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Research Spending & Results

Award Detail

Doing Business As Name:Brandeis University
  • Carolyn Abbott
  • (607) 342-4523
Award Date:06/17/2021
Estimated Total Award Amount: $ 263,986
Funds Obligated to Date: $ 263,986
  • FY 2021=$263,986
Start Date:07/01/2021
End Date:06/30/2024
Transaction Type:Grant
Awarding Agency Code:4900
Funding Agency Code:4900
CFDA Number:47.049
Primary Program Source:040100 NSF RESEARCH & RELATED ACTIVIT
Award Title or Description:Group Actions on Hyperbolic Spaces
Federal Award ID Number:2106906
DUNS ID:616845814
Parent DUNS ID:055986020
Program Officer:
  • Krishnan Shankar
  • (703) 292-4703

Awardee Location

Street:415 SOUTH ST MAILSTOP 116
Awardee Cong. District:05

Primary Place of Performance

Organization Name:Brandeis University
Street:415 South St.
Cong. District:05

Abstract at Time of Award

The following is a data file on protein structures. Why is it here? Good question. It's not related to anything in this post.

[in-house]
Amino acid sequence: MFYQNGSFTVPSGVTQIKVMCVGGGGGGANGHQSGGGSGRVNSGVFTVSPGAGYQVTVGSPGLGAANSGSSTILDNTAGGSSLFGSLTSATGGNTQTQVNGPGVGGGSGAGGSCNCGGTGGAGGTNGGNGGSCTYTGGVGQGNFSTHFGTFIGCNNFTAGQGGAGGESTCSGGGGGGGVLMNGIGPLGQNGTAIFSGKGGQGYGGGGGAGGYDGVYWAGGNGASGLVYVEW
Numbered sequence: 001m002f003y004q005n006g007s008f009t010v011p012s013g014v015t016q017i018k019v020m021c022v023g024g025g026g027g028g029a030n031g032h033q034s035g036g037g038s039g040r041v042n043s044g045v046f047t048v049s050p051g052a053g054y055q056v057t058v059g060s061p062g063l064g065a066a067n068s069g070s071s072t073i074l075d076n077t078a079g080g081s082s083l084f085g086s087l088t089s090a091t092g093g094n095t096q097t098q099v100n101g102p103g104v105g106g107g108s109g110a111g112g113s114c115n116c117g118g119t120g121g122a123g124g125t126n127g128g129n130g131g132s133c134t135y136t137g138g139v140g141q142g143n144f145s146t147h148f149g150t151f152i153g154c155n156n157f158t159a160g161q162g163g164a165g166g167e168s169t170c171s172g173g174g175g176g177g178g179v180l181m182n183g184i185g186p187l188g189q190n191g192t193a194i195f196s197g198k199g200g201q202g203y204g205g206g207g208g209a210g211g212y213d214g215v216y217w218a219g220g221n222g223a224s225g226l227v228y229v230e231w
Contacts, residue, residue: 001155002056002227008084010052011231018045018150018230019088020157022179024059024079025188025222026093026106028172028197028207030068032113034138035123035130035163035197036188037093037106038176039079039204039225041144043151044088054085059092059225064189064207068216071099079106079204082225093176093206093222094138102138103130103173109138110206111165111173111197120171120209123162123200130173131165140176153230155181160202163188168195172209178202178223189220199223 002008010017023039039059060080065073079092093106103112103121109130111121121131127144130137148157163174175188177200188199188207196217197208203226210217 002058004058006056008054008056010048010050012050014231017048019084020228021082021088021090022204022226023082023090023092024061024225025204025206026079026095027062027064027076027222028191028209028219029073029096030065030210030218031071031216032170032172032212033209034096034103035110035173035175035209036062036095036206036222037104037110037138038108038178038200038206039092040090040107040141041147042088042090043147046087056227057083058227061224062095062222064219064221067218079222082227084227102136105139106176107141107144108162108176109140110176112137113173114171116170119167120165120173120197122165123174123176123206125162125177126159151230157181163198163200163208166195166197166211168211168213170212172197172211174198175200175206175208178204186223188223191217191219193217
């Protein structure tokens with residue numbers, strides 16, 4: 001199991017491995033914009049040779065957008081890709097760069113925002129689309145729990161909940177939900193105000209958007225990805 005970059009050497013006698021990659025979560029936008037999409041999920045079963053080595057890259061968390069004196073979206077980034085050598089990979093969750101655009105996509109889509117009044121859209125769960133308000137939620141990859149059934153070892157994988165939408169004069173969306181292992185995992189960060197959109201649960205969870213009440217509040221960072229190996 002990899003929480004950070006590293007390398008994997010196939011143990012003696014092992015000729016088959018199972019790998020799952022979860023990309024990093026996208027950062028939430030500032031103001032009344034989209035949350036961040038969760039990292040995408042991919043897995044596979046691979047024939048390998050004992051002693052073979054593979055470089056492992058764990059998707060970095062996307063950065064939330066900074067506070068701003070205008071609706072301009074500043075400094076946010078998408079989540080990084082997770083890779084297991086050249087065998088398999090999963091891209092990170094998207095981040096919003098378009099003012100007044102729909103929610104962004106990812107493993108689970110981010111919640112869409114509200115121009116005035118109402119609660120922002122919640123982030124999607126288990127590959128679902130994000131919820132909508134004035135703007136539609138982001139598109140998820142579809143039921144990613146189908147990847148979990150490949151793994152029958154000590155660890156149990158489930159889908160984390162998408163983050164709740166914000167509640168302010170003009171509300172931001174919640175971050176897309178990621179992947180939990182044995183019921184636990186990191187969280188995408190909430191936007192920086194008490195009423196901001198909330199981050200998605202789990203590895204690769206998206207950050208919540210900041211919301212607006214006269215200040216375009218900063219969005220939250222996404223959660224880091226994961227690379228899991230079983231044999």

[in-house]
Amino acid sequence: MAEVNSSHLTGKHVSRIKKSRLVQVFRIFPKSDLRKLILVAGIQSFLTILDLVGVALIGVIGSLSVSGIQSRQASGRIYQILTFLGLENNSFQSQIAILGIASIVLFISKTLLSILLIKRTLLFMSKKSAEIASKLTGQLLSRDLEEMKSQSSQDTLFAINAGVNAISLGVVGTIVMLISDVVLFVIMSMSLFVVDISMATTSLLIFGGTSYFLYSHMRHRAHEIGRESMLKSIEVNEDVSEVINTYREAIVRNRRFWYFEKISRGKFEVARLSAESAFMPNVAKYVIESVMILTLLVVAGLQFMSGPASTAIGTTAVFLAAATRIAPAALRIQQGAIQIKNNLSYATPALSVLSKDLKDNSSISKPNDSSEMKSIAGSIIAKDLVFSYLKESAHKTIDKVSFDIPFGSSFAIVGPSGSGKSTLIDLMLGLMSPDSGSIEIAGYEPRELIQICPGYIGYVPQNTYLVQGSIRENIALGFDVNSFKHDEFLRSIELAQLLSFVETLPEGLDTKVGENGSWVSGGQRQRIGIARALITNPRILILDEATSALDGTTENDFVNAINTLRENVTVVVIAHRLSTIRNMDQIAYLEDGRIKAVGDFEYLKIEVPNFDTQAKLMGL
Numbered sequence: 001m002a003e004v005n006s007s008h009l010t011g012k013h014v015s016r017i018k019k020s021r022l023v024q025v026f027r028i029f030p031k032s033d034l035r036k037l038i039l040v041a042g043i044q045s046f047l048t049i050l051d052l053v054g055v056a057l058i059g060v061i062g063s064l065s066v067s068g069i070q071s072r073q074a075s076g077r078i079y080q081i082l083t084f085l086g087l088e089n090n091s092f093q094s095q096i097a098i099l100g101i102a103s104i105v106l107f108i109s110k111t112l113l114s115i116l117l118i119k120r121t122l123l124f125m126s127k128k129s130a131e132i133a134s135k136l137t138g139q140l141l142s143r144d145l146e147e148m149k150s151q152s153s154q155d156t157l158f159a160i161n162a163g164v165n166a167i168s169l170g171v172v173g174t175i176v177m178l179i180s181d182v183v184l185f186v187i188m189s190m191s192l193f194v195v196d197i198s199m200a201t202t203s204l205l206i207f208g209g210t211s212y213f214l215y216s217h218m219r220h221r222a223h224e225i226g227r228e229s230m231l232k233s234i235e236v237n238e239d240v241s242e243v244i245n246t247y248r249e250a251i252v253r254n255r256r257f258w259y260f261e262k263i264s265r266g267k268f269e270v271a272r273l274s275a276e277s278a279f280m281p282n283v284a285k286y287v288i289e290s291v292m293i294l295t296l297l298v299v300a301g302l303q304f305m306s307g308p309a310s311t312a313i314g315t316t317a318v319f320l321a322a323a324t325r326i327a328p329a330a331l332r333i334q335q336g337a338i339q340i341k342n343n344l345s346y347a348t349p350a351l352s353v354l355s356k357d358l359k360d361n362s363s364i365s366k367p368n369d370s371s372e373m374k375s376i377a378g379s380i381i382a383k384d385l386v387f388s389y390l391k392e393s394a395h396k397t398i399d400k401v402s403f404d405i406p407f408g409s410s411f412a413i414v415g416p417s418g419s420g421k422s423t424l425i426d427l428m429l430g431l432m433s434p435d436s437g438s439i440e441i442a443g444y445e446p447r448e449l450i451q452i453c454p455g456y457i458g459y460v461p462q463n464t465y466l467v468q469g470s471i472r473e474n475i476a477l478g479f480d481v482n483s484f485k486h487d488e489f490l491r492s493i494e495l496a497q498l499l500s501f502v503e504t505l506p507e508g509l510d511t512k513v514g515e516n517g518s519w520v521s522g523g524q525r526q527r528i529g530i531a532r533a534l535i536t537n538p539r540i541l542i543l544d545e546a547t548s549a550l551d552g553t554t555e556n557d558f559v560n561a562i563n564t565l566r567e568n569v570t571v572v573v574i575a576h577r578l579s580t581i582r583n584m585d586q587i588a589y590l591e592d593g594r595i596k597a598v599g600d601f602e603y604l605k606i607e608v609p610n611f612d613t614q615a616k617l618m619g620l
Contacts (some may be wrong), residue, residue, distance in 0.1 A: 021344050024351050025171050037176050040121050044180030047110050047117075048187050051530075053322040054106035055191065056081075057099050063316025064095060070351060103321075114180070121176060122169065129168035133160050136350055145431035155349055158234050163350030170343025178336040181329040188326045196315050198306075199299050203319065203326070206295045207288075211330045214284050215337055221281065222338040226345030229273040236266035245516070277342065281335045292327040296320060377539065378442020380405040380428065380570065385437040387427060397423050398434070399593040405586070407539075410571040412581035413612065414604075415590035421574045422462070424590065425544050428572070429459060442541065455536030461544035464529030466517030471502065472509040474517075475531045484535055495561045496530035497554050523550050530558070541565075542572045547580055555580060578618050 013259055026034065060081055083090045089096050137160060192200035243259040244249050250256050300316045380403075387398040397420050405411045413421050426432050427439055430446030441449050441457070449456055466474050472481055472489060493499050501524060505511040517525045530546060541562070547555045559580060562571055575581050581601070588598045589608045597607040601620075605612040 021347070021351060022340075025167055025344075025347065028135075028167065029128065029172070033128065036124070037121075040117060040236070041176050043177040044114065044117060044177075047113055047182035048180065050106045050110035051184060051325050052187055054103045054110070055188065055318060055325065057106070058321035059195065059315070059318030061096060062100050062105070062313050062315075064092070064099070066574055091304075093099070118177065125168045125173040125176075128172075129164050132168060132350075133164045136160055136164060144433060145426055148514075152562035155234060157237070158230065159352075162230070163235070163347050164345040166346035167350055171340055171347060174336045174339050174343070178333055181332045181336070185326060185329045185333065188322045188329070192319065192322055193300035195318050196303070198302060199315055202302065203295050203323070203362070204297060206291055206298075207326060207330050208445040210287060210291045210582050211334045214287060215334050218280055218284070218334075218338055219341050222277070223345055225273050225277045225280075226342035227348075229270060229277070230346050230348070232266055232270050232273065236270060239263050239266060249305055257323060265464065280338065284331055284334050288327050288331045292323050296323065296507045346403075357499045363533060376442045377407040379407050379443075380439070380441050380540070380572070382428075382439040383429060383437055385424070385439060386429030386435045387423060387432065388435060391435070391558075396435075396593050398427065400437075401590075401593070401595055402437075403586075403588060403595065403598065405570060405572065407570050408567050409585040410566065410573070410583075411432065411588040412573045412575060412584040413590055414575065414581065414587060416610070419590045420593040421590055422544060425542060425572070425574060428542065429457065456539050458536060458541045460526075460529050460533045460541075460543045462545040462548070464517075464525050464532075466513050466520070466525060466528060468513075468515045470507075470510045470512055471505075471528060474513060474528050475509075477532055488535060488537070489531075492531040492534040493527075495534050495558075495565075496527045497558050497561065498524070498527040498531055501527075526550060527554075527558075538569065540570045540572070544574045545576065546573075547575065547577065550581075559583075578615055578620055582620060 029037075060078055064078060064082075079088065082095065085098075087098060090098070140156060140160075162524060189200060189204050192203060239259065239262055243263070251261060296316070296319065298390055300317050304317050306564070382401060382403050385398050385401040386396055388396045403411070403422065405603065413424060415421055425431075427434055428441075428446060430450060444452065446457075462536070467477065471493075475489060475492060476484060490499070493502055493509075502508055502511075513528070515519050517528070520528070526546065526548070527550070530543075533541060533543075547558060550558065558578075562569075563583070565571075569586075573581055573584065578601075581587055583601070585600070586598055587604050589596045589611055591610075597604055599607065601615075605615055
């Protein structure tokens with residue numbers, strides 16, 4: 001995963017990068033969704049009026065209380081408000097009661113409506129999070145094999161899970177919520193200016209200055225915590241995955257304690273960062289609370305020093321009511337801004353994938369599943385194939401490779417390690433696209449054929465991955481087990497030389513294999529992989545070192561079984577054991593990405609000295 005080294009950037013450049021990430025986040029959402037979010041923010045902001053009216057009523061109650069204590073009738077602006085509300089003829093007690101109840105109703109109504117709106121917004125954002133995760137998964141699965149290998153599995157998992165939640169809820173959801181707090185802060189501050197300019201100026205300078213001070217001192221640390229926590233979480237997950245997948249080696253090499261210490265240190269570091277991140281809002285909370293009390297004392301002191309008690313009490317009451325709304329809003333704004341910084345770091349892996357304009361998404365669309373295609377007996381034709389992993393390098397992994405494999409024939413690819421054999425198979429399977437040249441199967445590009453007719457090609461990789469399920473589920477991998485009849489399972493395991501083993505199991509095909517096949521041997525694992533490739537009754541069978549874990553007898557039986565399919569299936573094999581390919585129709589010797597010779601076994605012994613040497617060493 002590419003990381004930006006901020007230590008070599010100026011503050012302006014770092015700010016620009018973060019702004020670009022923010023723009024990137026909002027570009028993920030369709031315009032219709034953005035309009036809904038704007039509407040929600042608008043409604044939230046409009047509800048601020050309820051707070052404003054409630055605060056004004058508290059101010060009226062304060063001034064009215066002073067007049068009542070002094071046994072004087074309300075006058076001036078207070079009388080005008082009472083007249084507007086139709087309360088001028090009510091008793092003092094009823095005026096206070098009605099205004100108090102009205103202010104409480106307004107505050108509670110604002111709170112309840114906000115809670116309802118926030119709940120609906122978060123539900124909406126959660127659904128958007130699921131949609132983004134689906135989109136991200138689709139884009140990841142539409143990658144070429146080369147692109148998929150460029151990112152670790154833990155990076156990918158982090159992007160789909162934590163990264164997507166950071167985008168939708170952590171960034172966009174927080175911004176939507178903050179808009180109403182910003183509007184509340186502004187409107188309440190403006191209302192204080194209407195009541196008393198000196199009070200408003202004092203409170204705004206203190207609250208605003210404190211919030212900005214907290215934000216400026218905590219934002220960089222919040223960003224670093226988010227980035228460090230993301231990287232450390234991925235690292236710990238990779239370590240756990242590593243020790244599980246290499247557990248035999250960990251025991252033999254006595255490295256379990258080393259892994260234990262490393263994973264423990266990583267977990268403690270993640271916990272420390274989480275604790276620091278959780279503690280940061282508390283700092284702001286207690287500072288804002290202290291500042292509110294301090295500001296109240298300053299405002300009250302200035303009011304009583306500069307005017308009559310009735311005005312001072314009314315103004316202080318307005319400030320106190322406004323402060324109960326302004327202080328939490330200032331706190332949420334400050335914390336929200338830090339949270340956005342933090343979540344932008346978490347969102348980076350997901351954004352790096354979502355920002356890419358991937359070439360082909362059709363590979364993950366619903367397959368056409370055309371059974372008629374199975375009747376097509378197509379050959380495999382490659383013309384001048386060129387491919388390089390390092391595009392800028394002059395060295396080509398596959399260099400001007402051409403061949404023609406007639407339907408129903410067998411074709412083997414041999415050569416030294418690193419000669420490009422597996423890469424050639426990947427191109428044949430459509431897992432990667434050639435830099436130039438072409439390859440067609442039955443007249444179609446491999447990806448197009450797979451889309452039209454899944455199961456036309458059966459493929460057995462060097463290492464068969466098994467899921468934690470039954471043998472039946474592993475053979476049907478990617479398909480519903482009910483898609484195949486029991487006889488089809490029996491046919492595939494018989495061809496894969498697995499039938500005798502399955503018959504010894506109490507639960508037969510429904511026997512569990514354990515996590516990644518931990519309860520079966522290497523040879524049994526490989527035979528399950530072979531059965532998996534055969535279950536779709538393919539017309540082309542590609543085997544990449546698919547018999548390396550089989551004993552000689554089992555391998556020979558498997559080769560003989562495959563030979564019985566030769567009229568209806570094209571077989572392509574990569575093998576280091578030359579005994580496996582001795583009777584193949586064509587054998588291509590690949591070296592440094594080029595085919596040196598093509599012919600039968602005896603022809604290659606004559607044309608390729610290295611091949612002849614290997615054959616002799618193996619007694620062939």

The collection of symmetries of an object form an algebraic object called a group. A simple example of a group is that of reflections and rotations of a square, as in the case of a 90 degree rotation, which leaves it unchanged. Studying groups can lead to many interesting questions. One could ask, for instance, how many different groups act on a square? What do such groups have in common? Geometric group theory aims to answer such questions by translating the geometric properties of spaces on which a group acts into algebraic properties of the group. The project will use these techniques to work towards understanding certain classes of groups, all of which act on spaces that have a particular geometric structure, called hyperbolicity. This project also seeks to support and encourage student involvement in mathematics, through support for graduate students, outreach to the local community, and support for a seminar series. In more detail, this projects fits into the broad goal of understanding groups that act on hyperbolic, or negatively curved, spaces. This goal is approached in three distinct ways: first, through understanding all actions of a given group on hyperbolic metric spaces; next, through an in-depth study of two particular actions of big mapping class groups, a class of groups in which there has recently been an explosion of interest; and finally, by seeking to prove a strong stability result for quotients of hierarchically hyperbolic groups, a class of groups which can be completely described by their actions on hyperbolic metric spaces. Parts of this project involve tools from other areas of mathematics, including descriptive set theory and (often non-commutative) ring theory. This award reflects NSF's statutory mission and has been deemed worthy of support through evaluation using the Foundation's intellectual merit and broader impacts review criteria.

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